History of ‘Langarm’ and Cape communities

Willie Jales, left, and Michael Dunseith in 2012 at his house in Lansdowne, Cape Town.

As a popular South African dance form, langarm often conjures up images of couples sokkie dancing sedately to the beat of Afrikaans pop music. This is especially how many white South Africans view langarm.

But langarm as we know it today, is more than just sokkie; it has a rich history, and was already used as a form of recreation and entertainment in the Cape during the colonial period.

Having been influenced by many styles of dance and music over time, such as English country dancing, the quadrille or square dances, military dance bands and Cape Malay quadrille bands, langarm over time became increasingly popular, especially within the coloured community.

“The term langarm was in widespread use by the so-called coloured communities of District Six and the Cape at large in the late 20th century, to refer to the then current ballroom dances and dance bands, as well as earlier ballroom dances and dance bands from the 1930s onward,” says Michael Dunseith, who is from Strand, and who recently completed his Master’s degree in musicology at Stellenbosch University.

He’s currently exploring additional topics of research for publication, inspired by his thesis.

Inspired by the late Willie Jales’ passion for preserving the legacy of coloured langarm dance bands in the Cape, Mr Dunseith explored the meaning langarm holds for the coloured people of Cape Town, and its origins in ballroom dancing.

Mr Jales was a tenor and alto saxophonist, originally from District Six, who lead both a Christmas choir and a ballroom-langarm dance band, namely Willie’s Starlite Orchestra.

During the course of his research, Mr Dunseith used primary and secondary sources to collect historical data and also conducted numerous interviews with leaders and members of two active dance bands: The Strand Combo and Kallie’s Dance Band from Grabouw, in addition to attending many of their functions.

Mr Dunseith followed Mr Jales’ lead, and joined the terms ballroom-langarm in a duel language moniker that clearly positions the culture firmly rooted in classic ballroom practice but with a local flavour especially to be found in the use of the vastrap rhythm, which was exclusively used in the square dances but is currently used for loose dancing or line dances.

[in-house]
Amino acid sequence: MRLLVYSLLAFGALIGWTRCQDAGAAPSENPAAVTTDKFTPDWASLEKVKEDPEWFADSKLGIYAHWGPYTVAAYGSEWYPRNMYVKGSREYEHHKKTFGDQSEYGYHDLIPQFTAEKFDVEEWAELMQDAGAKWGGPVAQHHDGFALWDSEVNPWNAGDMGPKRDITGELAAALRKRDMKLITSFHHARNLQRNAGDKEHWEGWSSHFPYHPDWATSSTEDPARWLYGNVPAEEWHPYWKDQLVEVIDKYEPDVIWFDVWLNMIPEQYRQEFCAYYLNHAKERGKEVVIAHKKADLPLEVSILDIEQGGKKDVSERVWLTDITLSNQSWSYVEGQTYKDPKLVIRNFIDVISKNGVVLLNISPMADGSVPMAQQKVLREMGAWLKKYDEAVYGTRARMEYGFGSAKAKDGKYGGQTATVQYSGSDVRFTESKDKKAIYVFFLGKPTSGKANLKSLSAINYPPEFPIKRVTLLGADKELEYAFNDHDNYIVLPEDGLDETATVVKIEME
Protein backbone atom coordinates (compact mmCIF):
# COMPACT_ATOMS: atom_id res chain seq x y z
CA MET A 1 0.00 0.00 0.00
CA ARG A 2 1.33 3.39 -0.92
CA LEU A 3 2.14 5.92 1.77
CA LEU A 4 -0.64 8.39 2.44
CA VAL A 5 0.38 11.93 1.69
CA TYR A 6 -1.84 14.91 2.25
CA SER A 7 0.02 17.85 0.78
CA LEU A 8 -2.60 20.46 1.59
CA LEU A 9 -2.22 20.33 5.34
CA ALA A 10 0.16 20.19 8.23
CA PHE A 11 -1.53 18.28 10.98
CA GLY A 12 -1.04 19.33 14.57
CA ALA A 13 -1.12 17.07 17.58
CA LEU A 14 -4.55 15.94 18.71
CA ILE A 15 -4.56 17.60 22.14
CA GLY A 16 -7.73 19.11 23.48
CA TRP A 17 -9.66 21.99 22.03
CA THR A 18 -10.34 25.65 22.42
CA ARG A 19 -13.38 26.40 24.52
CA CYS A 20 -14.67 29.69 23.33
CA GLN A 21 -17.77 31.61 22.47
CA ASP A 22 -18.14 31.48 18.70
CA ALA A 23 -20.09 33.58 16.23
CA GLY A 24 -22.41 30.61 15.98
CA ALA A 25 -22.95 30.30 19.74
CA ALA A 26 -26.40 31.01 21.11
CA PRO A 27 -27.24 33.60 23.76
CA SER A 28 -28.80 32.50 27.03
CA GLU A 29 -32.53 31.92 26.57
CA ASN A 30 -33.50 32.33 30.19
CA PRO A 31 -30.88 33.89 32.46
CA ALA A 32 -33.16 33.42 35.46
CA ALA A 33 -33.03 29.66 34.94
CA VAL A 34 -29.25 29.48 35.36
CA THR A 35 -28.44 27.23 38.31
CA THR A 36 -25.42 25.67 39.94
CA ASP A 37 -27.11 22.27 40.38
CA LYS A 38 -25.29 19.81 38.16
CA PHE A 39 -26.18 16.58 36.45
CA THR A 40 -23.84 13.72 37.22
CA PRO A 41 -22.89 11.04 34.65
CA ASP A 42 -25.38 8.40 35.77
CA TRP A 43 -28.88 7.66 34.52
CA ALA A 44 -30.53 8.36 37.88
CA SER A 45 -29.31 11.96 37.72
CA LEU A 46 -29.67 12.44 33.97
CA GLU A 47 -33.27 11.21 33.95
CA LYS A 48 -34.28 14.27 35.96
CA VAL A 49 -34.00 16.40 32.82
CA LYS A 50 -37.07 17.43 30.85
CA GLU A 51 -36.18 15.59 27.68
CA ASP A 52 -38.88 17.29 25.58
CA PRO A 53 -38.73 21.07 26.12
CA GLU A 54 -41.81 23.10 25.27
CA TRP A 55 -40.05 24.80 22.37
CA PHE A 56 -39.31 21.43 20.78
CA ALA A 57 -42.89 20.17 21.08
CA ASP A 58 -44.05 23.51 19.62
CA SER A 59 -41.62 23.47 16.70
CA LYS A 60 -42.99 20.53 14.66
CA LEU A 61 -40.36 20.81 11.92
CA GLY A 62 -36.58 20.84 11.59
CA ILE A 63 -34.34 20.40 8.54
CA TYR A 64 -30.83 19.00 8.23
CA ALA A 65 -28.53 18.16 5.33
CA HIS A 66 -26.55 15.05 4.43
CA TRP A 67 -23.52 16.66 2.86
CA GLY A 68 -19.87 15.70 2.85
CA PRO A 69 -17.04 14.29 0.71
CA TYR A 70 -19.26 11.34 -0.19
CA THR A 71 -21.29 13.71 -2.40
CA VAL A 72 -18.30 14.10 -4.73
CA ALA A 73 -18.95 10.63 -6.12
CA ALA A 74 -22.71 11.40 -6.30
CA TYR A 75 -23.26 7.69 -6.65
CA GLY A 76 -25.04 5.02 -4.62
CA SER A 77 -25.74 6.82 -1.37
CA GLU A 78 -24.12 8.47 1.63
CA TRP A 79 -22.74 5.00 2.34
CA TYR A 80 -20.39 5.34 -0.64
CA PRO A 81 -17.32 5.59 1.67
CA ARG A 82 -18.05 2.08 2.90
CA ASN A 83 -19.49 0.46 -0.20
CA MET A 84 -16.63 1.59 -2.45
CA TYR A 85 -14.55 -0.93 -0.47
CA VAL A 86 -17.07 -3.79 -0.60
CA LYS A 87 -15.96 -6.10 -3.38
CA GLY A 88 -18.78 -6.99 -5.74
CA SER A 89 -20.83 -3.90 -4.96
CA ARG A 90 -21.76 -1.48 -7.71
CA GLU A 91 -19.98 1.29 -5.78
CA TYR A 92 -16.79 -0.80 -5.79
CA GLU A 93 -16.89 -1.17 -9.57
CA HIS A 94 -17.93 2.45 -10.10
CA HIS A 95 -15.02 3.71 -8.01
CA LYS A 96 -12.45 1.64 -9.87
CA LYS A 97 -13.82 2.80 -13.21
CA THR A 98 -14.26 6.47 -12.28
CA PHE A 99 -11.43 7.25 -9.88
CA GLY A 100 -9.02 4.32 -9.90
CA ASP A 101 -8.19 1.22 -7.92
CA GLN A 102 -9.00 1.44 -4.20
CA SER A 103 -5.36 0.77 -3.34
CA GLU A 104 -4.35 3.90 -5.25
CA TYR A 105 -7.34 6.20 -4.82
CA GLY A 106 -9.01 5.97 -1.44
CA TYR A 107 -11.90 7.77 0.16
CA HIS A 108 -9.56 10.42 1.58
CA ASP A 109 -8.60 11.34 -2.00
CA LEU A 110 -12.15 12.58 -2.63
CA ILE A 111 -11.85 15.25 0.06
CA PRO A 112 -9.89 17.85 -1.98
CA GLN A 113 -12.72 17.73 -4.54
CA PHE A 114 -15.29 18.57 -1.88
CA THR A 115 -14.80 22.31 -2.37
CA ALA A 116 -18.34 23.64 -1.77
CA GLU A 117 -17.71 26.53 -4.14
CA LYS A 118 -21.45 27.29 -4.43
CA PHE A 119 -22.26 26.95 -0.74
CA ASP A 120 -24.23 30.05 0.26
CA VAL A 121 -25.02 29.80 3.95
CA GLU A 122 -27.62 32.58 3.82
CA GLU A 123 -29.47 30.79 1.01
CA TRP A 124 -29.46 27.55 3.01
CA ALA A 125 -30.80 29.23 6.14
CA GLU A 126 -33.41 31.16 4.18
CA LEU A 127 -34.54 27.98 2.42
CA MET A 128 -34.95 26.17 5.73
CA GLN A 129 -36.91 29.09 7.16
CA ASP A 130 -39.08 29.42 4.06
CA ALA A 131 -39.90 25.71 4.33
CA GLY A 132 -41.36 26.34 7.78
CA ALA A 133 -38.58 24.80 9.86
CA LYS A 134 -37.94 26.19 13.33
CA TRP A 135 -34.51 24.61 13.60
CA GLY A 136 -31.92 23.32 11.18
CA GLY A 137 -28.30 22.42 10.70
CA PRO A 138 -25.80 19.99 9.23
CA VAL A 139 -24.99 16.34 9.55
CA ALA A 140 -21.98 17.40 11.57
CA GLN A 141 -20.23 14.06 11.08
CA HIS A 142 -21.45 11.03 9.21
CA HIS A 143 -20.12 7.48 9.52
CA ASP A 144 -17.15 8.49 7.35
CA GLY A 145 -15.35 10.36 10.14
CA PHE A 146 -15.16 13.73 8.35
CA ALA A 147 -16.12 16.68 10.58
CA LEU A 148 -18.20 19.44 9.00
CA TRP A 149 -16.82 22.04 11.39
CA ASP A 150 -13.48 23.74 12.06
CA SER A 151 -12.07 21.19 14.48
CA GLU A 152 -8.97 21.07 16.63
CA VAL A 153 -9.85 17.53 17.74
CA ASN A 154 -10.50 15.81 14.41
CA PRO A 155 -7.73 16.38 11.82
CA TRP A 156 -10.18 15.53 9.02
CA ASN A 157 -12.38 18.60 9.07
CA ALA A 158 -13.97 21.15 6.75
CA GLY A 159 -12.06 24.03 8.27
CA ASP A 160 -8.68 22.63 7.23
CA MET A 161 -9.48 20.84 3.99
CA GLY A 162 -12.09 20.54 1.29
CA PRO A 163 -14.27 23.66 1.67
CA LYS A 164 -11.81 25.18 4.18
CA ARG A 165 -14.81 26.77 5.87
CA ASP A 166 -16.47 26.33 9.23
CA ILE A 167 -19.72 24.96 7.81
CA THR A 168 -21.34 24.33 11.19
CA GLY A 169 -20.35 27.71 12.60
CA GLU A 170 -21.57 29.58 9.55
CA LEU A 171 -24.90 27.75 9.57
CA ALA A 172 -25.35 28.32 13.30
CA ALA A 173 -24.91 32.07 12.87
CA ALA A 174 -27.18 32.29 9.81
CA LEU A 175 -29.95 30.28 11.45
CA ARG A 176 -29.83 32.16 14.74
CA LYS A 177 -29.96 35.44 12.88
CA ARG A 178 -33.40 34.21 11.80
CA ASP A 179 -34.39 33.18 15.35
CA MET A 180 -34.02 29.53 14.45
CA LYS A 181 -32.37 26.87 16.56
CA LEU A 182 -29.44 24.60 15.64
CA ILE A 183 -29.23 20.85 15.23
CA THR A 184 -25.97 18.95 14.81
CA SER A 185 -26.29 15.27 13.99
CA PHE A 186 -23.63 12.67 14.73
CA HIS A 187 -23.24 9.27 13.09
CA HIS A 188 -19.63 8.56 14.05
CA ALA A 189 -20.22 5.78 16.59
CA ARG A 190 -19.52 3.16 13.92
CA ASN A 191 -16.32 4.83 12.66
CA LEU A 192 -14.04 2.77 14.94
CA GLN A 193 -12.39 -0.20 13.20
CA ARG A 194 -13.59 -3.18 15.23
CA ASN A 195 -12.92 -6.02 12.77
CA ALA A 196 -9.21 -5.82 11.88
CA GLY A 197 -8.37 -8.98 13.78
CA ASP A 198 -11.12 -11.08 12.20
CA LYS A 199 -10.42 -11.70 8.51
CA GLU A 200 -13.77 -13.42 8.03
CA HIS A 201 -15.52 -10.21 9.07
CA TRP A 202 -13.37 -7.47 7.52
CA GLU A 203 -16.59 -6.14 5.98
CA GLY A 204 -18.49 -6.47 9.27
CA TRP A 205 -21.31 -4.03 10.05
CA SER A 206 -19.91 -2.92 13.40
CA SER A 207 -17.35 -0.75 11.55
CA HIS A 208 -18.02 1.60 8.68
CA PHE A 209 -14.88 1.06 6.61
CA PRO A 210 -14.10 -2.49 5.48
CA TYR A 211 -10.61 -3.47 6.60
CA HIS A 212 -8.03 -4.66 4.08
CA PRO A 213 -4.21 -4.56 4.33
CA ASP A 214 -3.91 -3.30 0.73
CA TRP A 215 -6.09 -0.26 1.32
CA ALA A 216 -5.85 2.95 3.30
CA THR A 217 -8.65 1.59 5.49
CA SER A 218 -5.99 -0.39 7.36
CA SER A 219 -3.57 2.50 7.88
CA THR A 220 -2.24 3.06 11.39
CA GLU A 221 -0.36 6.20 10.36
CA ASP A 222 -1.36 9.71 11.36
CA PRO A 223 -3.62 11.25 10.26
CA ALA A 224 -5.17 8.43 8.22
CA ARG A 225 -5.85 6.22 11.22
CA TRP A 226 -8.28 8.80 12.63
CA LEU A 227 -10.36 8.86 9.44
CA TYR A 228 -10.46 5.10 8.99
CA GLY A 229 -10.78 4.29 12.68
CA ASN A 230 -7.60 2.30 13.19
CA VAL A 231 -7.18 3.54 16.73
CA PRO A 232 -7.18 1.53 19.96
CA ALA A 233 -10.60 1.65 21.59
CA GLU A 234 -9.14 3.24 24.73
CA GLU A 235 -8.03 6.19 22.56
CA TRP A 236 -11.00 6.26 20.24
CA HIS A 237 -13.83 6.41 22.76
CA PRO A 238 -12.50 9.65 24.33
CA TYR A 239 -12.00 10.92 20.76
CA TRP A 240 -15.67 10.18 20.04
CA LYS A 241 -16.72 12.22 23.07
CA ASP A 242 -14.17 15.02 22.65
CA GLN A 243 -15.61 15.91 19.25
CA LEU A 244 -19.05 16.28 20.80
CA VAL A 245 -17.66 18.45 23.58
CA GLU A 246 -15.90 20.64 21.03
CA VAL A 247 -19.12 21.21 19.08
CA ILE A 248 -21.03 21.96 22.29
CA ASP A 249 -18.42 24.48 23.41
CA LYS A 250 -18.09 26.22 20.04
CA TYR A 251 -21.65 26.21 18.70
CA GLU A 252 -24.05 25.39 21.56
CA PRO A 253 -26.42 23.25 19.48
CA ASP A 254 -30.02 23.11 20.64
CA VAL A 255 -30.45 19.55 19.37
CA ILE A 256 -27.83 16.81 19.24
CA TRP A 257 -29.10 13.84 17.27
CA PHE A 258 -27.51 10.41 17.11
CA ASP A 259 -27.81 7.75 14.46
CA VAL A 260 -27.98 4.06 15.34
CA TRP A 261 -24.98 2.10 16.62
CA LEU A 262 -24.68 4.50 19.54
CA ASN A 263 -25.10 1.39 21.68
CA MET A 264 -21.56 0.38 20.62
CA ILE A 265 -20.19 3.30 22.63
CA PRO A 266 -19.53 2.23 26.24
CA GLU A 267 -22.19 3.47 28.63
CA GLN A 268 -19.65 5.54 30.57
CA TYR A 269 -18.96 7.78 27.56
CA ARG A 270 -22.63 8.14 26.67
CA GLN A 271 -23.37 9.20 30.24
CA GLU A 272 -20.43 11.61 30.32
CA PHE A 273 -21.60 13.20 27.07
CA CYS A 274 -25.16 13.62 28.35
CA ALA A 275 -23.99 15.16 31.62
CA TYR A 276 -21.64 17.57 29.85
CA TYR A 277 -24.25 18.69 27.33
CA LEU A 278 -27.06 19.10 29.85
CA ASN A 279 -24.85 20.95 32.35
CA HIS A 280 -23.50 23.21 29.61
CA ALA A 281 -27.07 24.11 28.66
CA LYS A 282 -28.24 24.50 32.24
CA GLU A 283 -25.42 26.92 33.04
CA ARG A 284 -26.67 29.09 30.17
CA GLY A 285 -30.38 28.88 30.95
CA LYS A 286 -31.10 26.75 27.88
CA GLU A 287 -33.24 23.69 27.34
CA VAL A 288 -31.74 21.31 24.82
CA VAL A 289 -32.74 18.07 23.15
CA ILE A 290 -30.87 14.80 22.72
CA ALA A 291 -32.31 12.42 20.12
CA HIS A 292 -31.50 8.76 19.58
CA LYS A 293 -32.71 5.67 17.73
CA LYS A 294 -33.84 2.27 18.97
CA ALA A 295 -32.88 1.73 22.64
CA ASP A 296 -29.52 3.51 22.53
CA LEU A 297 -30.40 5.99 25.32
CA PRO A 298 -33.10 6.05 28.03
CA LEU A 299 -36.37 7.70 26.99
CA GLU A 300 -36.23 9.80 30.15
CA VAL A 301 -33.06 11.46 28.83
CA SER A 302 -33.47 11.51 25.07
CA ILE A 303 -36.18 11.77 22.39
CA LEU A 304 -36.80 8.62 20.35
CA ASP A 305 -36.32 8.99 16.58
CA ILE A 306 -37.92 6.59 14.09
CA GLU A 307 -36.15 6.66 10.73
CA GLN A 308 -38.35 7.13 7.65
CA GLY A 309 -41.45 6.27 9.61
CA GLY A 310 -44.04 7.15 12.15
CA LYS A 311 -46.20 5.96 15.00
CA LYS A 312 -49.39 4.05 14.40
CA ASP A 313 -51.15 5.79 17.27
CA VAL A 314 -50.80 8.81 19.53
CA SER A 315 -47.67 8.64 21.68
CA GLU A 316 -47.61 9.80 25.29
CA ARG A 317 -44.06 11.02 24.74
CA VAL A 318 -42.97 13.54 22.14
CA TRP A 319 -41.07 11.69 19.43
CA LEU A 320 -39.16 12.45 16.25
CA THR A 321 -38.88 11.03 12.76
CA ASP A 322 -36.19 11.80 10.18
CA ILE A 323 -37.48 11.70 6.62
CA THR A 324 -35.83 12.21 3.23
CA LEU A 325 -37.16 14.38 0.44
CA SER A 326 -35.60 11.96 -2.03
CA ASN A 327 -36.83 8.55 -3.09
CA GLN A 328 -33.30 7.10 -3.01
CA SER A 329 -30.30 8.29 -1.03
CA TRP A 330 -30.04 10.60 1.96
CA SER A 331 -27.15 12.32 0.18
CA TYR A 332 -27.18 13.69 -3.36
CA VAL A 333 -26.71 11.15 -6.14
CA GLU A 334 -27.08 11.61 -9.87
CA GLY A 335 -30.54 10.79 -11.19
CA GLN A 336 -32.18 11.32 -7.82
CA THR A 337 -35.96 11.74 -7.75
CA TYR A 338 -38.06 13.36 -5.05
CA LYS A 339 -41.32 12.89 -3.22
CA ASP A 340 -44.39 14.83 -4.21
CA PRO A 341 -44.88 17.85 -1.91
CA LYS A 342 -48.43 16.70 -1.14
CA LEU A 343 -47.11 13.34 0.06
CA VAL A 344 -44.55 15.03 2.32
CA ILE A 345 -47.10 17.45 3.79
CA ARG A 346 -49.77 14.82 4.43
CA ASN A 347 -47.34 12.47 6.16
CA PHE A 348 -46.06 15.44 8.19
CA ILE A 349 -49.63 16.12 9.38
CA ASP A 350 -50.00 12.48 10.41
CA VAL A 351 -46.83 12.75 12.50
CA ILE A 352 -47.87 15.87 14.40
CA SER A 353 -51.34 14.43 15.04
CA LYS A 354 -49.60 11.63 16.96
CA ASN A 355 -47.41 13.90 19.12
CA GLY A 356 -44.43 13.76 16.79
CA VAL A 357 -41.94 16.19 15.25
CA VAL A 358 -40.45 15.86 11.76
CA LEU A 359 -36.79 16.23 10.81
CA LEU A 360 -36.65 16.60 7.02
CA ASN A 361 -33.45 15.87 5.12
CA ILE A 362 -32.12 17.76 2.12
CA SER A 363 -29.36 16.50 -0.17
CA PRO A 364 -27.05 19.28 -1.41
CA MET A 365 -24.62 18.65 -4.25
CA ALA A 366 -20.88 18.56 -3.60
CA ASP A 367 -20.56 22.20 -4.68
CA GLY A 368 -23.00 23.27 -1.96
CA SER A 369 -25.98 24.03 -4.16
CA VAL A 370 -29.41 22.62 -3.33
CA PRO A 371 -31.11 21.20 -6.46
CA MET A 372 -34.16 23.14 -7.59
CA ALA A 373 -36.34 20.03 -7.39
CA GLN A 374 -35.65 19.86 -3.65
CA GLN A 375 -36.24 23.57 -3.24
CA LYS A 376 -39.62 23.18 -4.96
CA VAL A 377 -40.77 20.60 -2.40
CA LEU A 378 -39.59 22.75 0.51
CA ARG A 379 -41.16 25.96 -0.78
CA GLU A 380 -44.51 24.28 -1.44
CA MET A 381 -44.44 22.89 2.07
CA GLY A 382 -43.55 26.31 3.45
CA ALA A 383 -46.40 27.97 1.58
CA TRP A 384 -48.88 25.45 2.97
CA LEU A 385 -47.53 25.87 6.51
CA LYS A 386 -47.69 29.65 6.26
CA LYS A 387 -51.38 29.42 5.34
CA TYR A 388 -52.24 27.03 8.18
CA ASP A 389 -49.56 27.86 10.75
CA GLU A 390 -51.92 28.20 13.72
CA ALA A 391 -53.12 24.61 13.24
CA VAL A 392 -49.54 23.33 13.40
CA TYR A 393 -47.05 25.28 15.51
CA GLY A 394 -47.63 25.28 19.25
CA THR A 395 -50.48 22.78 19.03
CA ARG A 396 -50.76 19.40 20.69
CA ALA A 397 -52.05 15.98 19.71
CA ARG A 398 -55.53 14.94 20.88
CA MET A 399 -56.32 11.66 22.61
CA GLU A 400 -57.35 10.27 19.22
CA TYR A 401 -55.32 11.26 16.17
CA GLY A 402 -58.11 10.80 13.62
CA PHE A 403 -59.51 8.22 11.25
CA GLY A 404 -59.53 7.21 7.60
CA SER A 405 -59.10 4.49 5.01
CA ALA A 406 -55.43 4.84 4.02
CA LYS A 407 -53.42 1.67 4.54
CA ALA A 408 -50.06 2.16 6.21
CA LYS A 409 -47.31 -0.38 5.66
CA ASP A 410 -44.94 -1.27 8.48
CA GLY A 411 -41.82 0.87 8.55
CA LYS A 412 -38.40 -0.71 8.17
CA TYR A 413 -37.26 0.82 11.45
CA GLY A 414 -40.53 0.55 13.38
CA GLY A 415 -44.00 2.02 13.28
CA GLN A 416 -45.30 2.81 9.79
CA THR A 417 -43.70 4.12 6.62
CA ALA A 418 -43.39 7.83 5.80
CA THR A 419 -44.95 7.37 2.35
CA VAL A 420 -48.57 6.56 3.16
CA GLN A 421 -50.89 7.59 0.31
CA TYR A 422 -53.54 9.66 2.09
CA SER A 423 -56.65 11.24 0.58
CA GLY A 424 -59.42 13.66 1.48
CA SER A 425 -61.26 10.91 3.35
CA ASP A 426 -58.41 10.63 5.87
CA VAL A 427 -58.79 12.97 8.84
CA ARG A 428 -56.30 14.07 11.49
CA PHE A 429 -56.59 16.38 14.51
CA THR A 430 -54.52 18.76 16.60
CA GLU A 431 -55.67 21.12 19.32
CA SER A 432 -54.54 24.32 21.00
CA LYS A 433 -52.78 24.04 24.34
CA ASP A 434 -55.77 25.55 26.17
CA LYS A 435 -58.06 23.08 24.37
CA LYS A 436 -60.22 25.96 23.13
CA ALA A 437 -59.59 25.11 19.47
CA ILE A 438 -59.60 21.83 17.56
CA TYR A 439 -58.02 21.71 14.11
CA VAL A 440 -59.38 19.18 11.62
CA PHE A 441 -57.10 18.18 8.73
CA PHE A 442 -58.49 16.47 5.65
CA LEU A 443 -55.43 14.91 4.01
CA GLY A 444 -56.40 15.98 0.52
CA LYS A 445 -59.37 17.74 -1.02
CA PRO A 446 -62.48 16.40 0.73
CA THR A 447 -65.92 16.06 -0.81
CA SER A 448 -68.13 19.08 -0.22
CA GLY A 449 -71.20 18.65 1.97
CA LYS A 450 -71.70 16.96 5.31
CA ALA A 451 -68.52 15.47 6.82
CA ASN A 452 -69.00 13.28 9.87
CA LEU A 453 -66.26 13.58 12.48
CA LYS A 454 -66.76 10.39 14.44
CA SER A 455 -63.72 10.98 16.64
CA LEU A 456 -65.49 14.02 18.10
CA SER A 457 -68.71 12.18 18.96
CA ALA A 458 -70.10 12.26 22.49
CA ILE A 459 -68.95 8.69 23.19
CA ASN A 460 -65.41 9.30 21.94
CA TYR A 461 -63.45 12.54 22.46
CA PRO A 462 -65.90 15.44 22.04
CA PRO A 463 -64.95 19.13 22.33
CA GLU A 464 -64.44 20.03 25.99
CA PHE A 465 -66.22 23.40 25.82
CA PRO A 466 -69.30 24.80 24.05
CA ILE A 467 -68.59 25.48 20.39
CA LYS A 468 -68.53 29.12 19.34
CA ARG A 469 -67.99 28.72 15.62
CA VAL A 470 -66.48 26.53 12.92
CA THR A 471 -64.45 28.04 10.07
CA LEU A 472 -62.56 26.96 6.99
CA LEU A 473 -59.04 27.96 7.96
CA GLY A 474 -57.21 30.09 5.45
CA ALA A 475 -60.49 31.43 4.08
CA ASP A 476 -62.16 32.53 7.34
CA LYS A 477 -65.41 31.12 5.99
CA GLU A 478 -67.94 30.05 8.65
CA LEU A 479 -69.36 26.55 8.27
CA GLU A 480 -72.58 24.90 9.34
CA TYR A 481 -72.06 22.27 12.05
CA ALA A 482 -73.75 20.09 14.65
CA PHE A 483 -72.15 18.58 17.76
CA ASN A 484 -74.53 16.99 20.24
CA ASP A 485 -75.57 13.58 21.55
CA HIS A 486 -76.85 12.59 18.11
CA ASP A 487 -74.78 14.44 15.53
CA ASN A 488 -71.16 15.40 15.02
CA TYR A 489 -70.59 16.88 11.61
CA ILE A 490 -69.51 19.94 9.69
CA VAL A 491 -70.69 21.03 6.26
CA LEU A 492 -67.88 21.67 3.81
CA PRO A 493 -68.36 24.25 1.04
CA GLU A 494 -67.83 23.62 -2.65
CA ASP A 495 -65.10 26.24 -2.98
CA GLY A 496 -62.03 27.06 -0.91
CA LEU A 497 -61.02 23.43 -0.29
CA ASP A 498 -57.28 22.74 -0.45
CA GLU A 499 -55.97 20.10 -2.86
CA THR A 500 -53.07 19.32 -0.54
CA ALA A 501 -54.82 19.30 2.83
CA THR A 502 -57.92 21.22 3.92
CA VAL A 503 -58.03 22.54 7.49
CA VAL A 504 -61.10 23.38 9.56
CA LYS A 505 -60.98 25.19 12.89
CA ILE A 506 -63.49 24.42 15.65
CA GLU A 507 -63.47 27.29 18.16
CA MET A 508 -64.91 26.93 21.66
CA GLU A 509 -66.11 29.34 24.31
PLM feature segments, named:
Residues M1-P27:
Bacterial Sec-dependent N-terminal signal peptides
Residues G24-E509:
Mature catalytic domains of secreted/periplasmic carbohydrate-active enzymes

“The coloured people of the Cape have embraced the term langarm as their own and for them, it refers specifically to a ballroom dance event and the dancing and music associated with it,” says Mr Dunseith.

“No other cultural group in South Africa manifest an evening of ballroom-langarm dancing in the same way that the members of the coloured community do, with a high level of traditional ballroom skills as well as the remnants of the squares utilising the vastrap rhythm which has now been adapted to modern versions of the American line dance, echoing strongly the old longways of the English country dances.”

According to Mr Dunseith, research has shown that the ballroom-langarm music and dance practices of the coloured people of the Cape, represent an unbroken tradition of musicianship and dance skills that span from the beginnings of the Cape colony until the present.

Regarding the future of langarm dance, Mr Dunseith says it is far from dead.

“According to research consultant Shireen Steenkamp, a leading dance teacher in Cape Town, there are at least 50 small dance studios functioning within the Cape Town Metropole, and teaching the next generation of ballroom-langarm dancers,” he says.

“The ages of those in attendance at these events, which take place regularly across the Cape Town metropole in town and community halls, are evenly spread across all age groups from mid-twenties upward and this applies to the band members as well. There are approximately 10 top dance bands that function in the Cape Town metropole, which rely on fundraising efforts for revenue.”

Mr Dunseith says there is still a strong awareness and knowledge of formal ballroom-langarm dancing among patrons of all ages as well as the dance bands and their choice of music.

“As long as this awareness can be maintained, through the help of the dance studios, combined with the fun and comradery of the new line dances, the dancing public will continue to enjoy these unique events as prime occasions for social interaction in a fun and civil environment within the community,” he says.

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